The Short-Eared Owl is a stealthy predator recognized for its remarkable ability to fly silently. With its specially adapted wings and feathers, this owl can move through the air without making a sound, allowing it to sneak up on unsuspecting prey.

When it comes to hunting, the Short-Eared Owl is a master strategist. It primarily hunts small mammals, such as mice and voles, which make up the majority of its diet. This owl has keen eyesight and excellent hearing, enabling it to locate its prey even in dim light or complete darkness.

Short-Eared Owl

The preferred habitat of the Short-Eared Owl is open grasslands, marshes, and meadows, where its prey is abundant. This species can also be found in coastal areas and agricultural fields. The Short-Eared Owl is known for its low, buoyant flight as it searches for food, hovering and swooping down to capture its unsuspecting prey.

When it comes to roosting, the Short-Eared Owl prefers to nest on the ground, using elevated mounds or patches of tall grasses for shelter. This behavior helps camouflage the owl from potential predators and ensures that its nests are hidden from view. It also provides a safe place for the owl to rest during the day.

Overall, the Short-Eared Owl is a fascinating and adaptive species. Its silent flight, hunting prowess, and unique habitat preferences make it an important part of the ecosystem. By studying and understanding this remarkable owl, we can gain valuable insights into the delicate balance of nature.

SpeciesHunting TechniquesPrey ChoicesRoosting Habits
Short-Eared OwlSilent flight, low hovering, swoopingSmall mammals, primarily mice and volesNests on the ground, camouflaged in elevated mounds or tall grasses

7. Long-Eared Owl

The Long-Eared Owl is a mysterious species often associated with woodlands. With its unique appearance and elusive nature, this owl captures the imagination of nature enthusiasts and bird watchers alike.

Long-Eared Owl

One distinguishing feature of the Long-Eared Owl is its ear tufts, which are actually feathers and not ears. These tufts give the owl its characteristic ghost-like appearance, adding to its enigmatic charm.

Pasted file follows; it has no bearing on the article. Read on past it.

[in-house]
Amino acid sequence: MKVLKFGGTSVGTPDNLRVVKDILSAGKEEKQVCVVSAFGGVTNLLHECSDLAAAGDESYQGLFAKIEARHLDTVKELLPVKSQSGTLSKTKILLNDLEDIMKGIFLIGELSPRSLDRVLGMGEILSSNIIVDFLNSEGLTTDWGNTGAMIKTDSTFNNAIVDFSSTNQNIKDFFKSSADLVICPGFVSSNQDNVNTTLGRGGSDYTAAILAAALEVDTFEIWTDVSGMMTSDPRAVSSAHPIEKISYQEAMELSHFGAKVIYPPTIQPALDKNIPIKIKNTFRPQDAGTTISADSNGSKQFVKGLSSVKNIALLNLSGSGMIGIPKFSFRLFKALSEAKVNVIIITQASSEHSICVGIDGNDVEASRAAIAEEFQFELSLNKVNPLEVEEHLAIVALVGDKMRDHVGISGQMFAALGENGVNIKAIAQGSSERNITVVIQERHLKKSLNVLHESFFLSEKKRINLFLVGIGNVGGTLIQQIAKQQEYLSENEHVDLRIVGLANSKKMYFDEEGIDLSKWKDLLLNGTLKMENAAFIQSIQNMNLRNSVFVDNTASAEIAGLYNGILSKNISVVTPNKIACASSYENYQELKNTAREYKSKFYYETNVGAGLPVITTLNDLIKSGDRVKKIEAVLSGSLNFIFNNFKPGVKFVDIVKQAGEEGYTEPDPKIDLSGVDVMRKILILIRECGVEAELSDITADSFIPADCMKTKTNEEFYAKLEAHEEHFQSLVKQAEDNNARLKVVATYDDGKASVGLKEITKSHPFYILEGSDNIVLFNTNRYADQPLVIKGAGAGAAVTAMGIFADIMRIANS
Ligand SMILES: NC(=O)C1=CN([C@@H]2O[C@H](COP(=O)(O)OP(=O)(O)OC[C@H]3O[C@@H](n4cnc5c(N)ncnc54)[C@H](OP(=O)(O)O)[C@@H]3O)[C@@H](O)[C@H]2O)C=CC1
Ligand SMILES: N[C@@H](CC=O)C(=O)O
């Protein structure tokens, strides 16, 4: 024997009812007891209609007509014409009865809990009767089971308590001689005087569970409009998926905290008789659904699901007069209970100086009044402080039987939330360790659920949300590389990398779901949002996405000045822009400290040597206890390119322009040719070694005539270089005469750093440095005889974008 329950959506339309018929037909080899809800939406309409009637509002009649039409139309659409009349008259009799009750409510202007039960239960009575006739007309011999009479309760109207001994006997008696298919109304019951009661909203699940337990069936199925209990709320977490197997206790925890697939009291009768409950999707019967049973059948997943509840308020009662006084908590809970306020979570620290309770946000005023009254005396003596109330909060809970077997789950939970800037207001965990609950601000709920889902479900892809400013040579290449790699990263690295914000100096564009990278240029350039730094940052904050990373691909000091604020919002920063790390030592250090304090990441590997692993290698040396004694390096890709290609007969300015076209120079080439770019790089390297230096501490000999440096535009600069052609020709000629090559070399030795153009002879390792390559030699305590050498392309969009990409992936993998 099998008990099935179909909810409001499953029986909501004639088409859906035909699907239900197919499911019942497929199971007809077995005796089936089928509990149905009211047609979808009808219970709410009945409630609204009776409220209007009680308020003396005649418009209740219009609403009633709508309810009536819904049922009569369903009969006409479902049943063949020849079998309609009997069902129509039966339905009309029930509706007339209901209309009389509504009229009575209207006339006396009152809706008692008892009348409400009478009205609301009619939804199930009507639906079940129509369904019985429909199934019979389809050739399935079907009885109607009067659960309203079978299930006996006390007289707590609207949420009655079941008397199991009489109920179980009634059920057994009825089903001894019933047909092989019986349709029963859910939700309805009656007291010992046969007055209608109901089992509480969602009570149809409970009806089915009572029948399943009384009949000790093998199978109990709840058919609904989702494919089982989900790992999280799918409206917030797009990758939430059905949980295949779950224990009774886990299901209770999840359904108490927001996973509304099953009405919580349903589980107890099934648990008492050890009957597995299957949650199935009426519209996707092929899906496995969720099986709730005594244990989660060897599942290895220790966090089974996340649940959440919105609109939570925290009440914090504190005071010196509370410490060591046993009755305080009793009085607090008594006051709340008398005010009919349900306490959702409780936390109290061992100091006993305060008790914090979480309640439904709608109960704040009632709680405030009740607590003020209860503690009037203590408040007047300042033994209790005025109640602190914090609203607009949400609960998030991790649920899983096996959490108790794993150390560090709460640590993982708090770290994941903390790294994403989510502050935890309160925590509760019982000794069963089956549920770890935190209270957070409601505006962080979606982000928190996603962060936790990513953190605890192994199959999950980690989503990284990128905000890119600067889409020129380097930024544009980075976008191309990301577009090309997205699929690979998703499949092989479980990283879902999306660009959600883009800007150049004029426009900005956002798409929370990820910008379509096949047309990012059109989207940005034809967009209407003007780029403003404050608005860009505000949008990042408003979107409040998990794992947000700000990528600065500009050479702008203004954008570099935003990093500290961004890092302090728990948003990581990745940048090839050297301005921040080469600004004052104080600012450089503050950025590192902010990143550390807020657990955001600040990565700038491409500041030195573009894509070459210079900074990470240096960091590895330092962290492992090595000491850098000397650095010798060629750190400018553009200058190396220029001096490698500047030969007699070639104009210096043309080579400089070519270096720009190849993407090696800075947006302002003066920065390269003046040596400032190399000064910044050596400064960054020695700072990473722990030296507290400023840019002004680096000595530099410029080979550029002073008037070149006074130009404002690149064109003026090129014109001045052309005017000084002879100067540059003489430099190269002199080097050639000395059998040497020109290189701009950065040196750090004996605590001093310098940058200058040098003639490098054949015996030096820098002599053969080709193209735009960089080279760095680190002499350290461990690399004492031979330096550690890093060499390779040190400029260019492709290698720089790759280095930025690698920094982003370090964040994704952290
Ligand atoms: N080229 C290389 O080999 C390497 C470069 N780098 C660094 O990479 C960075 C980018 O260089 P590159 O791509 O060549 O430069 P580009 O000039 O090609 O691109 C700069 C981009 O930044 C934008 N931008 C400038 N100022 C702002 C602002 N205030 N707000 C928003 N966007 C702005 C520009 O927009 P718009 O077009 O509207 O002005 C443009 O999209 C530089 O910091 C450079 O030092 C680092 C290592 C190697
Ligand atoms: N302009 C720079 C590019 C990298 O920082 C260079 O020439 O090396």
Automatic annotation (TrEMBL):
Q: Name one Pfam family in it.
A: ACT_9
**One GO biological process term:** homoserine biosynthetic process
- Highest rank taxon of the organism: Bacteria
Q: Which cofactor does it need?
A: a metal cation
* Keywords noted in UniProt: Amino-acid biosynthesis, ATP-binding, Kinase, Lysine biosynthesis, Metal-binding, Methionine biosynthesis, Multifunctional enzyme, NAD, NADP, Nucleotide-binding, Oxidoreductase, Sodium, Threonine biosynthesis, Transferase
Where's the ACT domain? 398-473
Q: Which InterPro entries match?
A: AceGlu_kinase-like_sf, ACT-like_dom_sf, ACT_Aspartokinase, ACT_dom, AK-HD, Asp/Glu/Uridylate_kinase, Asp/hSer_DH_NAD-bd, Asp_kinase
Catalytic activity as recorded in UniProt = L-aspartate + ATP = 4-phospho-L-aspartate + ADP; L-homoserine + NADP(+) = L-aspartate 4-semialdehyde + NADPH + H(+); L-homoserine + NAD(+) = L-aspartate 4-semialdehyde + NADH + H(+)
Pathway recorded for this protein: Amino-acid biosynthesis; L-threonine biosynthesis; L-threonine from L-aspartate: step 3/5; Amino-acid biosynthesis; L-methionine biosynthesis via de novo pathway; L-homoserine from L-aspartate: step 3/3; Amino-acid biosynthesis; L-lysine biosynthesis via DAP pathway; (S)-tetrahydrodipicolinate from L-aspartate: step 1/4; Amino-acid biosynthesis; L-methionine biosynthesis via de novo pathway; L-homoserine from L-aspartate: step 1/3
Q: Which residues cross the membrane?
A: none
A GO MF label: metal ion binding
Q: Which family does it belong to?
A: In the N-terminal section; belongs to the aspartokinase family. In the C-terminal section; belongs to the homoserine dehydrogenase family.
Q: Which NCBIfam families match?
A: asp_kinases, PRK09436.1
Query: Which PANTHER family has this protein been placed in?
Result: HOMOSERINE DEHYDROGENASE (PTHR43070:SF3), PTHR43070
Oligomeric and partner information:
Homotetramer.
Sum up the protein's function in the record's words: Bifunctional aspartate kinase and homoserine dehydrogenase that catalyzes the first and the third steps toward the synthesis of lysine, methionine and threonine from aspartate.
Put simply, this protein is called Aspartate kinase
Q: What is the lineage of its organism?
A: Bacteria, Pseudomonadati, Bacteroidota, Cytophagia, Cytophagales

When it comes to prey, the Long-Eared Owl is primarily a hunter of small mammals such as mice, voles, and shrews. Its silent flight and exceptional hearing make it a formidable predator, able to swoop down on its unsuspecting prey without a sound.

As for roosting habits, the Long-Eared Owl prefers dense woodlands where it can find shelter and camouflage among the branches and foliage. During the daytime, it typically roosts in dense coniferous trees, blending in seamlessly with its surroundings.

8. Northern Saw-whet Owl

The Northern Saw-whet Owl is a rare and elusive species that calls Ohio its home. With its small size and cryptic plumage, this owl has mastered the art of blending into its surroundings, making it a challenging bird to spot in the wild.

Northern Saw-whet Owl

When it comes to finding a place to rest, the Northern Saw-whet Owl has its preferences. Known for its fondness for coniferous forests, this owl often chooses dense evergreen trees to roost during the day. These secluded roosting spots provide protection from predators and shelter from the elements.

As a nocturnal hunter, the Northern Saw-whet Owl emerges at nightfall to search for its prey. With a diet mainly consisting of small mammals such as mice and voles, this owl relies on its exceptional hearing to locate its next meal. Listen closely, and you might hear its distinctive call echoing through the forest during the dark hours.

Protecting the habitat of the Northern Saw-whet Owl is crucial for its survival. As development continues to encroach upon its woodland habitat, conservation efforts are essential to preserve this elusive species’ population. By protecting their habitats, we ensure that future generations can be fortunate enough to catch a glimpse of Ohio’s enigmatic Northern Saw-whet Owl.

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Q1: What owls are most common in Ohio?

The most common owls in Ohio include the Eastern Screech Owl, Barred Owl, Great Horned Owl, and occasionally the Northern Saw-whet Owl.

Q2: Where can I see owls in Ohio?

Owls can be spotted in various habitats across Ohio such as forests, parks, and wooded areas. Popular spots include state parks like Hocking Hills, Shawnee State Forest, and Magee Marsh Wildlife Area.

Q3: Do barn owls live in Ohio?

Yes, barn owls do live in Ohio. However, they are not as common as some other owl species in the state.

Q4: Does Ohio have burrowing owls?

No, Ohio does not have burrowing owls. Burrowing owls are typically found in western and central North America, preferring open grasslands and prairies, which are not common habitats in Ohio

Mya Bambrick

I am a lifelong bird lover and nature enthusiast. I admire birds for their beauty, diversity, and intelligence. Birding is more than a hobby for me; it is a way of life. Therefore, I created this website to provide better and quality information about bird species. You know there are many bird species in the world right now. I started a path to introduce you to birds one by one.